auspicious was our Word of the Day on 03/28/2016. Hear the podcast!
Examples of auspicious in a sentence
After his auspicious debut, Chambers became sought after by serious collectors of folk art; but given that the present show is now only the second he has had and is the first retrospective look at him, he is probably as obscure to the general museum going public today as he was in 1942. —Sanford Schwartz, New York Review of Books, 15 Jan. 2009
There is, first of all, Marconi himself, the 21-year-old prodigy who burst on London with his gizmo in 1896. This wasn't the most auspicious moment for a half-Irish, half-Italian unknown to announce that he had bested some of the empire's greatest scientific minds. —Kevin Baker, New York Times Book Review, 5 Nov. 2006
Indeed, it hardly seems like an auspicious time to introduce a brand of cigarettes, especially for tiny Star, which accounts for just over 1 percent of the U.S. market with its four brands of discount smokes. —David Noonan, Newsweek, 16 Oct. 2000
His acclaimed first novel was an auspicious debut.
told him she couldn't dance with him just then, but her auspicious smile encouraged him to ask again later
Recent Examples of auspicious from the web
This is not a very auspicious way to begin a new presidency, and Russia is far from the only problem.
Staplehouse ends 2016 on a high note with several auspicious nods including best new restaurant from Bon Appetit.
Ever since John Glenn orbited Earth in 1962, the United States space program has limped through a series of auspicious starts and stops.
Given the interest in politics today, the day after Election Day, the timing is not exactly auspicious.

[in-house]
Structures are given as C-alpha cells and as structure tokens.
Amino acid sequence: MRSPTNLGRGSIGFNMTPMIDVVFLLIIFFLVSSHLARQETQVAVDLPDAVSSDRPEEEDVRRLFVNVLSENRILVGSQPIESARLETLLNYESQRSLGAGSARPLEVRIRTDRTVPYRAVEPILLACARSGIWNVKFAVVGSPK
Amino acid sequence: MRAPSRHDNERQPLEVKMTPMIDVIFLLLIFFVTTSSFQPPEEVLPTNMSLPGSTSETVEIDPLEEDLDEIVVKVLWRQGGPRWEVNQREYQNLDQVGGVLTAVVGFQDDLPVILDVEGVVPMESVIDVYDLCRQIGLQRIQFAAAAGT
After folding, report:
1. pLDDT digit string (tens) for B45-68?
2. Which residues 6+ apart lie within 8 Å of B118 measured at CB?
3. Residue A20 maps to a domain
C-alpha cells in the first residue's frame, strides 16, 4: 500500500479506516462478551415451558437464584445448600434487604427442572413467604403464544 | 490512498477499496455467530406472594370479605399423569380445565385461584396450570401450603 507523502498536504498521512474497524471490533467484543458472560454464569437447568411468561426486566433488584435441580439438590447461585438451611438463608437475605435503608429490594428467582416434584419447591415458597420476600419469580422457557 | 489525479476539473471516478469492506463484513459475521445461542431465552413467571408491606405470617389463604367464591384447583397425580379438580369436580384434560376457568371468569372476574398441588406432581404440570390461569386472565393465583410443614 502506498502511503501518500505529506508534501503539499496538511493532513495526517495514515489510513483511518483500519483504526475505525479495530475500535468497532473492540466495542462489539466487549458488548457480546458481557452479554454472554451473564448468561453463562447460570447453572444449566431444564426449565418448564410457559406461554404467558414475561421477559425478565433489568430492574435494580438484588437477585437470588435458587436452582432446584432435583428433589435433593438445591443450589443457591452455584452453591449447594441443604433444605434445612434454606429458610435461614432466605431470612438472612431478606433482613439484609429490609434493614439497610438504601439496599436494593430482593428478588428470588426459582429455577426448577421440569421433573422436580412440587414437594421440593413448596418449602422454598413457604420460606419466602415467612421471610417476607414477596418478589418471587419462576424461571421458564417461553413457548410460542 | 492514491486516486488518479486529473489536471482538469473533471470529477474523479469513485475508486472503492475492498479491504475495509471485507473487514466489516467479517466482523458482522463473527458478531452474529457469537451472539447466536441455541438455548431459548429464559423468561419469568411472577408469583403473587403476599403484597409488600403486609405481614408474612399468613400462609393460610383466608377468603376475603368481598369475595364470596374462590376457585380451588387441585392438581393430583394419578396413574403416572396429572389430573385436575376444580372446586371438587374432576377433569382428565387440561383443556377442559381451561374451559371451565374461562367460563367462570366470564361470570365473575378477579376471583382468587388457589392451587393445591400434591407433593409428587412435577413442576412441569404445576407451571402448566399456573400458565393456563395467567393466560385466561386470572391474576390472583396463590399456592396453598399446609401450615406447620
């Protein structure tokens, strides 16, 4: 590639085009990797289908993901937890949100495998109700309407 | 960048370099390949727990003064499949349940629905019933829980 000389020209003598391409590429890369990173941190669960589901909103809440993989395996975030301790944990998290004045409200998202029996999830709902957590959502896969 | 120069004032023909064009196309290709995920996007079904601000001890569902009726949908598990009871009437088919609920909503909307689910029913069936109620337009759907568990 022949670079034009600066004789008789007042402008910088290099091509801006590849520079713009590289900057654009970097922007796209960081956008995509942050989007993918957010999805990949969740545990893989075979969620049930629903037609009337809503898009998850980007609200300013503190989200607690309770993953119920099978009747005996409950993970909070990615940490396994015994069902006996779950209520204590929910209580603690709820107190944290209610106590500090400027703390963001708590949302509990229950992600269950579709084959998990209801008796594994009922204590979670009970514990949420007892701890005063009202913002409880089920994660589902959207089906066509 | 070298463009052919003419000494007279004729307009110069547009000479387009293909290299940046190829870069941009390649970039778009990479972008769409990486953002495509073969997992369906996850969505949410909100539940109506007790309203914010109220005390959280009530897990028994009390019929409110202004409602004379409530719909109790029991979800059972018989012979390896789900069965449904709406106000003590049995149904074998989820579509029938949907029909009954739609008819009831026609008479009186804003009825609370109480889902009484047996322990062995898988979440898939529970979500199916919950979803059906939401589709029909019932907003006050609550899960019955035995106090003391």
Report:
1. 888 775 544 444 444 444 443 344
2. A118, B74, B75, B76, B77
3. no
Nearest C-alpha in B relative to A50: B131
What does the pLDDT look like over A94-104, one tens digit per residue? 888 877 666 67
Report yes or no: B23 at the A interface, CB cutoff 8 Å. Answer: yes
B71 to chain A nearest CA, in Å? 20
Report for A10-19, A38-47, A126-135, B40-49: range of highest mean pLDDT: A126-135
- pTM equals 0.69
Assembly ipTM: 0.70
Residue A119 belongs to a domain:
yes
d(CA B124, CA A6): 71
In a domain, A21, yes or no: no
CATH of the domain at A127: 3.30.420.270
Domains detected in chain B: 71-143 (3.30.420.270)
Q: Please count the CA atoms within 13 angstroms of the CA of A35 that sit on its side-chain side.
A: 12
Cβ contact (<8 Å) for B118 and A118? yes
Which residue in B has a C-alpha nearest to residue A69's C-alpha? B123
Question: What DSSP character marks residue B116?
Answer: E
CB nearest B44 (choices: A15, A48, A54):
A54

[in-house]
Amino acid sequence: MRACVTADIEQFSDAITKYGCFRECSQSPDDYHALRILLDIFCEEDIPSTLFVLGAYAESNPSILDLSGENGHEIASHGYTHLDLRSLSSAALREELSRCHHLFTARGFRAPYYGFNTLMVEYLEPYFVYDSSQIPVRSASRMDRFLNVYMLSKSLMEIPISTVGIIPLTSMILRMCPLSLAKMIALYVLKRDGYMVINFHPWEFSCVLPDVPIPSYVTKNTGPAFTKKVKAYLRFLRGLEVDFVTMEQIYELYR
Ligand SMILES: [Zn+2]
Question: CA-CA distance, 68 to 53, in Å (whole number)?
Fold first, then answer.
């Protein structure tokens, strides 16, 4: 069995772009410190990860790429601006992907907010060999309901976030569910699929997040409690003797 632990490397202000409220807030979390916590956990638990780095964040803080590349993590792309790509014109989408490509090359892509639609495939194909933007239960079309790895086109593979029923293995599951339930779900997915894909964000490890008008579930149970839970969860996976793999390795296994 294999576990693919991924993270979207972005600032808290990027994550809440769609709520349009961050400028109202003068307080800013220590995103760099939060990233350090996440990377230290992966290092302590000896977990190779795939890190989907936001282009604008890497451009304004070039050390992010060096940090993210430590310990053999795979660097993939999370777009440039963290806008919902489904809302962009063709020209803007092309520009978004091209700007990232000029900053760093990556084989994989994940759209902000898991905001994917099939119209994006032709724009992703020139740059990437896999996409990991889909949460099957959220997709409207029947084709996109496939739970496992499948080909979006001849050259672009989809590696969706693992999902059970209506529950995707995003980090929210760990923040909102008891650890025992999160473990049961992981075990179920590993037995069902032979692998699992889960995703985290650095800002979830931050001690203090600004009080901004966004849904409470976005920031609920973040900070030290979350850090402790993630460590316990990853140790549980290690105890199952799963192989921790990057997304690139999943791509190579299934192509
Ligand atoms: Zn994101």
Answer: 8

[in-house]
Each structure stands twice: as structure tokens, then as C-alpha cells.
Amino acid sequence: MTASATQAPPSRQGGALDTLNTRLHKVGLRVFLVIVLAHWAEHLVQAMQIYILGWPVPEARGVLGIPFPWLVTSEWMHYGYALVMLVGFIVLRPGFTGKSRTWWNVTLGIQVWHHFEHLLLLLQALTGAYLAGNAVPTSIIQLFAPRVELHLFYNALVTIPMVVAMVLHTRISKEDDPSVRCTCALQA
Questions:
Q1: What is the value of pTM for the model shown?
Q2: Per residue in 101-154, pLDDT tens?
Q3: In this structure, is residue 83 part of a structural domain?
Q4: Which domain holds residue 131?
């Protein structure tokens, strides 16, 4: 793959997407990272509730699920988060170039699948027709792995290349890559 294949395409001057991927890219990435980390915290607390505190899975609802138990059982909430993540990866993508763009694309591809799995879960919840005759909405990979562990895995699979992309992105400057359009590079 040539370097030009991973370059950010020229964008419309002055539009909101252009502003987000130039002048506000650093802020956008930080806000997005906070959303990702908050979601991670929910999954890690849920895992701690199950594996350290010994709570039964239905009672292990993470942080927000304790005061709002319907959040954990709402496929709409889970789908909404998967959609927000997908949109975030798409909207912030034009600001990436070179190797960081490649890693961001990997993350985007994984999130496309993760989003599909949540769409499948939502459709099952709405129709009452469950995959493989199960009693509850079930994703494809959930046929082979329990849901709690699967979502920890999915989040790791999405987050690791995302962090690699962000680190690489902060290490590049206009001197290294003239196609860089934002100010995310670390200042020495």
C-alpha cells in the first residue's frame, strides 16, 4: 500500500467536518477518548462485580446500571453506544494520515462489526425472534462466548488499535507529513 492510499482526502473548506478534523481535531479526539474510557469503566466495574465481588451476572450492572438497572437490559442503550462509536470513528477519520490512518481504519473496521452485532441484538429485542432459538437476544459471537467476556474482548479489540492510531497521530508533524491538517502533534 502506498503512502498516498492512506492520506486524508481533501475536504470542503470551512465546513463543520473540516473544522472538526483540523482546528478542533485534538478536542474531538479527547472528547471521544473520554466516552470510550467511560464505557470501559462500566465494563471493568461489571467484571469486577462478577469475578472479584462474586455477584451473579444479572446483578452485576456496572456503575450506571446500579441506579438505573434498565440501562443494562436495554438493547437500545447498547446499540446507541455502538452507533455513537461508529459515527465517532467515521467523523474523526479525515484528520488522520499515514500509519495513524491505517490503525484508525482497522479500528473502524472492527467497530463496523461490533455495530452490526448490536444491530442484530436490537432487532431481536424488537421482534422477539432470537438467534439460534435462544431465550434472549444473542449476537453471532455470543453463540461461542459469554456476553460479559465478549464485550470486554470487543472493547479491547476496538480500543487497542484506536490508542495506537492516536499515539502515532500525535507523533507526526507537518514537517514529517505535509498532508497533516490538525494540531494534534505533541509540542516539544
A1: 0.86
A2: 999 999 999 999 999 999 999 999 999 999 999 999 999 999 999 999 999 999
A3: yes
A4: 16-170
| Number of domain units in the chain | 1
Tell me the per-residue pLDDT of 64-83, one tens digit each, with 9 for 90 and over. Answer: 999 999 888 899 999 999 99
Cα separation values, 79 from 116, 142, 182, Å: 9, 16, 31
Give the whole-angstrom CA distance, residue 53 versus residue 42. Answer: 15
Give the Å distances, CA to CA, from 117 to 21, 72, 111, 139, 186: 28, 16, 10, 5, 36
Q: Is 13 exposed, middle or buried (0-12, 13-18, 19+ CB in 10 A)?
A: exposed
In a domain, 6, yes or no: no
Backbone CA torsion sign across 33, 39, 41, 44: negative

Despite its auspicious beginnings, the bust faded into obscurity.
The country’s stock market swooned and some Thais took to wearing pink, considered an auspicious color, to speed King Bhumibol’s recovery.
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Did You Know?
Auspicious comes from Latin auspex, which literally means "bird seer" (from the words avis, meaning "bird," and specere, meaning "to look at"). In ancient Rome, these "bird seers" were priests, or augurs, who studied the flight and feeding patterns of birds, then delivered prophecies based on their observations. The right combination of bird behavior indicated favorable conditions, but the wrong patterns spelled trouble. The English noun auspice, which originally referred to this practice of observing birds to discover omens, also comes from Latin auspex. Today, the plural form auspices is often used with the meaning "kindly patronage and guidance."
Origin and Etymology of auspicious
First Known Use: 1593
Synonym Discussion of auspicious
AUSPICIOUS Defined for English Language Learners
Definition of auspicious for English Language Learners
: showing or suggesting that future success is likely
AUSPICIOUS Defined for Kids
Definition of auspicious for Students
: promising success an auspicious beginning
Seen and Heard
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